The vagaries of democracy being what they are, it was almost inevitable that President Ma Ying-jeou’s honeymoon with Beijing would come to an end at some point. While it may be tempting to pinpoint the Chinese Nationalist Party’s (KMT) disastrous showing in the November 29 nine-in-one elections as the day when the Taiwanese president fell out of favor with Beijing, in reality that process began several months ago. 11-29 only sealed Ma’s fate — and possibly that of the party he no longer chairs. 

That it would come to this shouldn’t surprise us. In 2008, when Ma assumed the presidency, a majority of Taiwanese supported — or did not actively oppose — his efforts to normalize relations with China, the world’s second-largest economy. Most Taiwanese understood that the export-dependent nation of 23 million people couldn’t afford to ignore the elephant next door. 

Less acknowledged was the fact that thawing relations across the Taiwan Strait, mostly in the economic sphere, was made possible by the consolidation of Taiwanese identity, an identity that, once Ma went to far, made sure he could not cross certain lines. 

My article, published today in The Diplomat, continues here.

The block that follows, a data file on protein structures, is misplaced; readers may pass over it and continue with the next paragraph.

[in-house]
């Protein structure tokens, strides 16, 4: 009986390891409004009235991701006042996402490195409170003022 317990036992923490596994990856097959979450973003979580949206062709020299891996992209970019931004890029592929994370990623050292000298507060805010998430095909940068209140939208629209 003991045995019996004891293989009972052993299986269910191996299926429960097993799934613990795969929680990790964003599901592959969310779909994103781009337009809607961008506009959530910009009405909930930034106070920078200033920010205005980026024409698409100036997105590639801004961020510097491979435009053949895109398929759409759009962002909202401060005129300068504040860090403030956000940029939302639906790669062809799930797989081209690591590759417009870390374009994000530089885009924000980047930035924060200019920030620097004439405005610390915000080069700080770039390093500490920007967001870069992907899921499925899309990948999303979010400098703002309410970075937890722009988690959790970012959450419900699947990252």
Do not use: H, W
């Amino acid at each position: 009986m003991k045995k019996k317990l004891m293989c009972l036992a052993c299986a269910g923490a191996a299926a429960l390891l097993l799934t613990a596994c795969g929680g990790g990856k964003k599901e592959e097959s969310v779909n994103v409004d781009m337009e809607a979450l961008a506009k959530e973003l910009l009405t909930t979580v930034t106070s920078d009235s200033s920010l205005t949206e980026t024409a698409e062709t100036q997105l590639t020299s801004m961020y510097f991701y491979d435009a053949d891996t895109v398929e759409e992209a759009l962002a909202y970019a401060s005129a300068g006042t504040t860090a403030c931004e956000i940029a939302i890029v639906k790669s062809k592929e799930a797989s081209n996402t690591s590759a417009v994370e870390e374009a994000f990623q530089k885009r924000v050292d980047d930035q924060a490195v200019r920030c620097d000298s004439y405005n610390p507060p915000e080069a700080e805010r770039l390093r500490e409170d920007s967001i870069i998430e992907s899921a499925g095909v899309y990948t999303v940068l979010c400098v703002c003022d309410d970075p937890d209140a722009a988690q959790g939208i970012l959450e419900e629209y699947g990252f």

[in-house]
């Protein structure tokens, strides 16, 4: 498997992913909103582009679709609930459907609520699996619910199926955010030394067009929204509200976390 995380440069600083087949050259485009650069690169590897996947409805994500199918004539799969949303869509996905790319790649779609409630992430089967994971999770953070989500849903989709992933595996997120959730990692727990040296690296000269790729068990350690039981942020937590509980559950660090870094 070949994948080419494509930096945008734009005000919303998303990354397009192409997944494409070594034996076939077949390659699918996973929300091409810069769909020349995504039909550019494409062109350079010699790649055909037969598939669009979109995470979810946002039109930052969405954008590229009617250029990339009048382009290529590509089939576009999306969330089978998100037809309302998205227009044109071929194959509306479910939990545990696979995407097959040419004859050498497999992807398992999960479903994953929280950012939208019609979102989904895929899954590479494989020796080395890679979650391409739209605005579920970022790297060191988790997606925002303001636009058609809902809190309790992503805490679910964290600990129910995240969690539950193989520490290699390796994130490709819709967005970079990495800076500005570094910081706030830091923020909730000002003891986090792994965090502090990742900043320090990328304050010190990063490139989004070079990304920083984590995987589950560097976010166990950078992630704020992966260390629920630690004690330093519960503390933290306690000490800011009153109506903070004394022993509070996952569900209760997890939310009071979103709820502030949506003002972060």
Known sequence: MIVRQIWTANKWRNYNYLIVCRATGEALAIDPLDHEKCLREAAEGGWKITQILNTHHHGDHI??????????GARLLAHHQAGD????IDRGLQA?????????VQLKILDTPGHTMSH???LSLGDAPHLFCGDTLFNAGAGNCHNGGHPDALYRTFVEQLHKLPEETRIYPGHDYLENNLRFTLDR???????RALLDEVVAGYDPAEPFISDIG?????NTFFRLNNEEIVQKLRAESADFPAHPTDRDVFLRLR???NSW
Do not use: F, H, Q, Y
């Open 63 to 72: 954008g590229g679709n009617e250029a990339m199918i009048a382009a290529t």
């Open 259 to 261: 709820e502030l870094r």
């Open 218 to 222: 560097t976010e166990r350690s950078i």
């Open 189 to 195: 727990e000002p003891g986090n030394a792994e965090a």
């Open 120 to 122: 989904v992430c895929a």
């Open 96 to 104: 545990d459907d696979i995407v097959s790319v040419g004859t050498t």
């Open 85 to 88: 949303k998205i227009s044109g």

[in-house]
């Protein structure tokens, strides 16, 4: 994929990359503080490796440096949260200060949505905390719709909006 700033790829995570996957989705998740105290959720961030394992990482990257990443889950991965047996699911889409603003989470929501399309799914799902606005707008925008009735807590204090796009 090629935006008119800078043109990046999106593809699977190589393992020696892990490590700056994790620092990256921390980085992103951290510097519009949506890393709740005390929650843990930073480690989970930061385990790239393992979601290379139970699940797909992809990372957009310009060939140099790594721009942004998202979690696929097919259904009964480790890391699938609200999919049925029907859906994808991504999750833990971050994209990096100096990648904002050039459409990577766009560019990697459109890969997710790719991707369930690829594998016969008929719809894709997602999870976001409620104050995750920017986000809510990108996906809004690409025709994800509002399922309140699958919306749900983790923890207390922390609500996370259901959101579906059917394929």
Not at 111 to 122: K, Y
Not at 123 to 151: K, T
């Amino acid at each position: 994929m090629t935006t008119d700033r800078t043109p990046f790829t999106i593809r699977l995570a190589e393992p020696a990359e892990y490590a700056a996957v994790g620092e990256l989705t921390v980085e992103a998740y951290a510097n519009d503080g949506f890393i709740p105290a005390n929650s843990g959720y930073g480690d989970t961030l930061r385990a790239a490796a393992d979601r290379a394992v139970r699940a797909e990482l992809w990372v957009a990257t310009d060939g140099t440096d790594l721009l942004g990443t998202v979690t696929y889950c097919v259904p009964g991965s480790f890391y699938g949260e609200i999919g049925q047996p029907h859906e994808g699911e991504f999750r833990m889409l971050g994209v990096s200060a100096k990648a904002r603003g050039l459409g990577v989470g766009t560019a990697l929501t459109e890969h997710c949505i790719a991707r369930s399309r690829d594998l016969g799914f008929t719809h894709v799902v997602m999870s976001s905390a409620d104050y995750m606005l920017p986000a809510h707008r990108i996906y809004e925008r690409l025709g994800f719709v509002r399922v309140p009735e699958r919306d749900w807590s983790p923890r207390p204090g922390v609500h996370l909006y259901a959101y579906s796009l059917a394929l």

Tuesday, December 16, 2014

Were Taiwan’s nine-in-one elections a referendum on Ma’s China policy?

What was foremost on voters’ minds on Nov. 29 was the need to elect officials who can govern with accountability and who are capable of striking a balance between development, people’s rights, the environment — and yes, Chinese capital 

The dust from the Chinese Nationalist Party’s (KMT) routing in the Nov. 29 local elections had yet to settle when analysts within the green camp started arguing that the results constituted a referendum on President Ma Ying-jeou’s (馬英九) “pro-China” polices. Some held to this belief religiously, and in an unusual instance of disagreement, even turned on the victorious Democratic Progressive Party’s (DPP) envoy to the U.S. for daring to argue while on a visit to Washington, D.C. that a “China” referendum it wasn’t. 

So who’s right, and what does the outcome of the “nine-in-one” elections tell us about Taiwanese attitudes? Did the Taiwanese public say “no” to China, or did other factors weigh more heavily on their voting decisions?